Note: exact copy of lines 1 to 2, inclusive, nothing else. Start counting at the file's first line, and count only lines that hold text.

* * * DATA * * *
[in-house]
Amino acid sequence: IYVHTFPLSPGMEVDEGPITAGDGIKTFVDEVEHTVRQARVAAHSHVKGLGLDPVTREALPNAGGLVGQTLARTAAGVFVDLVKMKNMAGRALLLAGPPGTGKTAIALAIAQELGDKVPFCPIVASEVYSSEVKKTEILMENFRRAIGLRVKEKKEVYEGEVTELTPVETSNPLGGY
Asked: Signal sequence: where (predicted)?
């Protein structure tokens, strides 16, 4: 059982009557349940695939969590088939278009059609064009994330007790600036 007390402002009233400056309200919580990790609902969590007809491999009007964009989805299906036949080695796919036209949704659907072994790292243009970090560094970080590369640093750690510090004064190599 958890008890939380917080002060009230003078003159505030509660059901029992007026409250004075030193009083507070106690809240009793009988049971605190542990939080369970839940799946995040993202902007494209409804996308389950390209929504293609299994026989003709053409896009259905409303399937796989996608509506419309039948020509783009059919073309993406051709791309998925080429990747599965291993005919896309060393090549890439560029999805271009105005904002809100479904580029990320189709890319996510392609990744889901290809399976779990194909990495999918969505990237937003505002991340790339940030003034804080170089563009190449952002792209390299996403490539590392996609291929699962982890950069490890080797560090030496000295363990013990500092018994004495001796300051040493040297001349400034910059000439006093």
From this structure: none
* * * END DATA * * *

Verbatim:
[in-house]
Amino acid sequence: IYVHTFPLSPGMEVDEGPITAGDGIKTFVDEVEHTVRQARVAAHSHVKGLGLDPVTREALPNAGGLVGQTLARTAAGVFVDLVKMKNMAGRALLLAGPPGTGKTAIALAIAQELGDKVPFCPIVASEVYSSEVKKTEILMENFRRAIGLRVKEKKEVYEGEVTELTPVETSNPLGGY